June 1st, 2011
[Continuing on the theme of designers who can code.]
If you’re a designer, imagine you had a chance to work with two development teams.
Team 1: One team has top-notch developers who know virtually nothing about design. They can code miracles, but the designs of their applications are horrible and frustrating to use. And they show no desire to learn anything about design — how it’s done, why it’s important, and what makes a good design versus a bad design.
Team 2: The second team also has world-class developers, but these guys are hungry to learn about design. They’ve already taught themselves a fair amount and are truly interested in learning more. In addition to producing amazing code, they are regularly producing applications that look good, work well, and delight users.
As a designer, which team do you think would more fun to work with? The team that has no interest in designing or the one that really enjoys it?
Practically every designer I’ve talked to about this choice has told me, without hesitation, they would love to work with a development team that appreciates good design and wants to learn more about it. Those designers won’t be constantly battling for the simplest of design choices, instead be focusing on the hard problems with a group that wants to see the best outcomes.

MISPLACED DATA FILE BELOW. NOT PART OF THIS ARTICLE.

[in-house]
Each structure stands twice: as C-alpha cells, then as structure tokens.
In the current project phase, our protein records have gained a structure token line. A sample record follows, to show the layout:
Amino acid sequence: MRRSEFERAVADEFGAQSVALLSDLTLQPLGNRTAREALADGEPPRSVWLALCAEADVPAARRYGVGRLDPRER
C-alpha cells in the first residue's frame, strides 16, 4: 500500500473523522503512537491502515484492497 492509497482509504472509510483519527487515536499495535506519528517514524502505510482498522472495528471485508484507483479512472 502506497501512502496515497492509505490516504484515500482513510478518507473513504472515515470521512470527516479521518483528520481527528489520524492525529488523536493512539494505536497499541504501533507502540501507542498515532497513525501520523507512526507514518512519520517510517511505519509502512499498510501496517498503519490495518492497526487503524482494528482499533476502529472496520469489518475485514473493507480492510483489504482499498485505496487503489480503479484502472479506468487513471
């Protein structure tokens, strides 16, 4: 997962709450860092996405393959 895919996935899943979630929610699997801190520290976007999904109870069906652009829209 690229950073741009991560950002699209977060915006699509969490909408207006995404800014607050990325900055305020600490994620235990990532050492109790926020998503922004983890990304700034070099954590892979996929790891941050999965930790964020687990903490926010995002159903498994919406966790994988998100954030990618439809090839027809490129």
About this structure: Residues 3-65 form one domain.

Guess what? Developers feel the same way. If they had a choice, they’d rather work with a design team that understands development and craves to learn more, than with a team that doesn’t make any effort to learn what development is all about. Not just simple front-end coding either. They want to work with designers who understand the architecture and infrastructure, who can relate to the challenges they are up against and can appreciate it when the team has pulled off something amazing.
Learning to code doesn’t just give you new skills, it makes you a more desirable team member.Tweet